5 Actual Critical Race Theory Math Problems For Florida To Ban
Last week, the Department of Education of America’s ball pit, Florida, rejected a bunch of math textbooks from their curriculum because of “prohibited topics.” No, it’s not dangerous, illegal math, like fertilizer ratios in improvised explosives. It’s instead the inclusion of the tres chic boogeyman known as “critical race theory” and also, for some reason, “social-emotional learning.” I assume because looking inward in any way threatens the first thing. It’s all a load of crap, of course, played for political points. If you had any doubts about that, just know that the ACTUAL name of the legislation is the “Stop W.O.K.E. Act” which stands for Stop the Wrongs to Our Kids and Employees. Based on this bloodbath of a backronym, we can assume they’re not fans of grammar or syntax either.
The New York Times covered some of the specific pages and activities that were rejected, and unsurprisingly, they’re less about questioning the role of race in American societal and legal systems throughout history, and more about having a picture of a non-white kid asking you to disagree respectfully in order to learn together. But since Florida seems dead-set on shoehorning the idea of critical race theory into baby STEM, here are some critical race theory math questions for them to get all ginned up about and ban.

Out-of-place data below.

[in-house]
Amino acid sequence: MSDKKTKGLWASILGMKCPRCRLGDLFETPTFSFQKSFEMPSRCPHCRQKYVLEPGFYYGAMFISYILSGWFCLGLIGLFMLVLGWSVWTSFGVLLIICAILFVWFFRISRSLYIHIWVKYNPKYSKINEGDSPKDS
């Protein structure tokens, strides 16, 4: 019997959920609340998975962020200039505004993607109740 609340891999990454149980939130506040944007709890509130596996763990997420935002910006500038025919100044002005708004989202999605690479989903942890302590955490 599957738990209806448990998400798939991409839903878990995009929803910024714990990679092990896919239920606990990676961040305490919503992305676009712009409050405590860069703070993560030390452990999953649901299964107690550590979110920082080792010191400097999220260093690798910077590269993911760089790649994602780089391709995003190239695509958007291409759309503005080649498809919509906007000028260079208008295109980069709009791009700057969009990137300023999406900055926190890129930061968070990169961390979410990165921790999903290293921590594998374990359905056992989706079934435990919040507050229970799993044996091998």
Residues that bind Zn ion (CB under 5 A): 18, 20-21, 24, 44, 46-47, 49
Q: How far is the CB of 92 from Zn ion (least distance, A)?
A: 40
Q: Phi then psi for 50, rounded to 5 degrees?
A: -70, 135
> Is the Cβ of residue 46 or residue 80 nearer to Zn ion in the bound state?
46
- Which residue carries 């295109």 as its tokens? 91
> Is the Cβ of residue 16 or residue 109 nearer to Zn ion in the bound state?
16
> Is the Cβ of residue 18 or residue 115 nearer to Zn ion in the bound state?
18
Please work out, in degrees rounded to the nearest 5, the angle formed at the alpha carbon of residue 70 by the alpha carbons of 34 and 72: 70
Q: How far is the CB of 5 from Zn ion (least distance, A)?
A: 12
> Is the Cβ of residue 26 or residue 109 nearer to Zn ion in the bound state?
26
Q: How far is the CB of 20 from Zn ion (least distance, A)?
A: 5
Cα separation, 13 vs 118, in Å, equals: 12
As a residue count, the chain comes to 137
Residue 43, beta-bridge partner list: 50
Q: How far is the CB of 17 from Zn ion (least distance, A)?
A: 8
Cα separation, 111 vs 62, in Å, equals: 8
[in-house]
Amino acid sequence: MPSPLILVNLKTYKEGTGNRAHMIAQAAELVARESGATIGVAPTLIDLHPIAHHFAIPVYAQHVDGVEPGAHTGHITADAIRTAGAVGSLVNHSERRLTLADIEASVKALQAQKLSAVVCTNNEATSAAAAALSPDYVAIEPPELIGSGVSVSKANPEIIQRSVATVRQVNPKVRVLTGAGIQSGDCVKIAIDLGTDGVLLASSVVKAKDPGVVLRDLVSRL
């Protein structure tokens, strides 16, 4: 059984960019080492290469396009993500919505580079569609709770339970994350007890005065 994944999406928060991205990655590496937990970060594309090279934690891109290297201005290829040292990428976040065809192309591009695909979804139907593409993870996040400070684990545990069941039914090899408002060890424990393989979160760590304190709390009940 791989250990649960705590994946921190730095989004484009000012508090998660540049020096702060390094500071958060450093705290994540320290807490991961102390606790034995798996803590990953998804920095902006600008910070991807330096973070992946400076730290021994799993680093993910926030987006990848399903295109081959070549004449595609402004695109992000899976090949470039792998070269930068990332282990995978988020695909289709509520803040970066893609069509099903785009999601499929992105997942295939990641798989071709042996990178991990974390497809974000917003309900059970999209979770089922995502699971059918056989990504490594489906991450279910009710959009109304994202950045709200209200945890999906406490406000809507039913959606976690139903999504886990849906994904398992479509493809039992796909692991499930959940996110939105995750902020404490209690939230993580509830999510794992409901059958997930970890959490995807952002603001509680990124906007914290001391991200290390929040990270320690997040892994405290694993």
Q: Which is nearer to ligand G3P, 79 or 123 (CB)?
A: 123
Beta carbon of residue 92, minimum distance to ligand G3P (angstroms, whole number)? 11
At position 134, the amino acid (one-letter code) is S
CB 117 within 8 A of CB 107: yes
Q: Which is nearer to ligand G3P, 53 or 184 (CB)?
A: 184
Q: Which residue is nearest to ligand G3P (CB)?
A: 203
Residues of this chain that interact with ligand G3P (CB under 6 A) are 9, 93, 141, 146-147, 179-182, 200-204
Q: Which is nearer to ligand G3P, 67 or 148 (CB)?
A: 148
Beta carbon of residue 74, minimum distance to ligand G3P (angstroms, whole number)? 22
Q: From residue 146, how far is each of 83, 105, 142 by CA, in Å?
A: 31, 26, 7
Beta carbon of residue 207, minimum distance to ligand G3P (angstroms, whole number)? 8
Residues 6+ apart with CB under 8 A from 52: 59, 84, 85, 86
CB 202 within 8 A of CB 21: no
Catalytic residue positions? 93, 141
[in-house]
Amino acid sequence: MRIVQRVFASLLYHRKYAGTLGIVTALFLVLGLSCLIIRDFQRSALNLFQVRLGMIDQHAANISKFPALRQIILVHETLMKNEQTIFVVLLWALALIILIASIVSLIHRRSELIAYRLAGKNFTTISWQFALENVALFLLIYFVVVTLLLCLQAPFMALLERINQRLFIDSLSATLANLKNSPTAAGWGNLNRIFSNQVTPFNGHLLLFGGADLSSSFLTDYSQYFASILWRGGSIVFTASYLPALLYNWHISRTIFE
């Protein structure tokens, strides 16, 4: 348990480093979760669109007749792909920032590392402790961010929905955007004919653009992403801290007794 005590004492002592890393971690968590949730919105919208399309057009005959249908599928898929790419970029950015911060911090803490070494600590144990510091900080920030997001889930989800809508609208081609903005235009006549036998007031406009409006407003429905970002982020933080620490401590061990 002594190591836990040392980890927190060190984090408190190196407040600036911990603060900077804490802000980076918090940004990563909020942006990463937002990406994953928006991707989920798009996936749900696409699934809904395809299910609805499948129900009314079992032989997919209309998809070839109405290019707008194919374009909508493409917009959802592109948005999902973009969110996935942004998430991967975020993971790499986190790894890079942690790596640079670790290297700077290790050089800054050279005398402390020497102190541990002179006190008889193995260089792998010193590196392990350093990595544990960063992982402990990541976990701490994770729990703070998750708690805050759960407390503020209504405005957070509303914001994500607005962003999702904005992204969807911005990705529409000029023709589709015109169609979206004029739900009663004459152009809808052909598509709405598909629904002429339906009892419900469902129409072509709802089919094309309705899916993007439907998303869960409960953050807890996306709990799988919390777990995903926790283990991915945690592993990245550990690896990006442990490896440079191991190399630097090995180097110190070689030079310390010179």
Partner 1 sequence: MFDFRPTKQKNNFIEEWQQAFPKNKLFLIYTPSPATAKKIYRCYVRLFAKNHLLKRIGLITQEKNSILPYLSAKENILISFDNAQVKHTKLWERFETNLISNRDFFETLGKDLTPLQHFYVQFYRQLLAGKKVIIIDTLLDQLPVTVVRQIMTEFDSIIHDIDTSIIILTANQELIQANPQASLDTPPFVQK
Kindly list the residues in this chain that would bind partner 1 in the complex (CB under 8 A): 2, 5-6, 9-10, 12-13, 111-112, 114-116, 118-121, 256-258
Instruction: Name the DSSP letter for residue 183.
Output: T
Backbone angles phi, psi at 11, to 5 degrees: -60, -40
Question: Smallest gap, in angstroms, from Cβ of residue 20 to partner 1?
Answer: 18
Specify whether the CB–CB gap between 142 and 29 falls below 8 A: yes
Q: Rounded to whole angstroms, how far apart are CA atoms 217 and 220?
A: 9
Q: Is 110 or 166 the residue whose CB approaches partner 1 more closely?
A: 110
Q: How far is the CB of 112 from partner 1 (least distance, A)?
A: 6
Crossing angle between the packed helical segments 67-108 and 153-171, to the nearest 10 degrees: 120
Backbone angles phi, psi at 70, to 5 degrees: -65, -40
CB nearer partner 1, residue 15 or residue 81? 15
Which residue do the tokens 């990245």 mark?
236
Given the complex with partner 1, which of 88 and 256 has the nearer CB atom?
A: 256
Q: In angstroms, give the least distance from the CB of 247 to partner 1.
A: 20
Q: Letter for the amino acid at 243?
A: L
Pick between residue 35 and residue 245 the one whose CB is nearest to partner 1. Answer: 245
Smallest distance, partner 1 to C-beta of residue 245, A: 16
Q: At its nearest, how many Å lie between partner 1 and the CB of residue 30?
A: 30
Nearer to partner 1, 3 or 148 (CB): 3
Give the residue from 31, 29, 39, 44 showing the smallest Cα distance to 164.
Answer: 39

QUESTION 1: Peter and Michael are friends who both work delivering papers. They want to go see a new movie tomorrow that costs $10 a ticket. Peter, who is white, is paid 50 cents for every paper he delivers. Michael, who is black, gets 40 cents for every paper, in line with the salary gap between white and black workers of equal education level and qualification. If Peter has to deliver 20 papers in order to afford his ticket, how many more papers will Michael have to deliver to buy that same ticket?
QUESTION 2: David and James were caught playing with fireworks on Monday night. As a punishment, David, who is white, was put in timeout for one week. If James is black, and the average sentencing for black offenders with the same situation and history as white offenders is roughly 20% longer, how many days should the US Legal System put James in time out for?
QUESTION 3: The first African slaves were brought to the Americas in the year 1526. Slavery was legally abolished in the year 1865. The current year is 2022. Subtract 1526 from 1865 to find the amount of years slavery was a part of America’s history. Then subtract 1865 from 2022 to find the amount of years slavery has been illegal in the united states. Which number is greater?
QUESTION 4: Governor Ron DeSantis ate a big burrito for dinner. Later that night, he had violent diarrhea for 240 minutes, due to what he assumes is some sort of hoodoo Mexican curse placed on his burrito by the immigrants who own the restaurant he dined at. If one hour is 60 minutes, how many hours straight did Ron DeSantis do an absolute paint job in the bathroom?
QUESTION 5: While Ron DeSantis was doing an absolute paint job in his bathroom, he accidentally got it all over his suit. If Ron DeSantis wears $2000 dollar suits, and has a net worth of $350,000, how many suits does he need to destroy during bouts of violent diarrhea to bring his net worth to zero?
Ok, so the last two aren’t really related to critical race theory, but it’s not like they know what it means anyways.
Top Image: Public Domain/Pixabay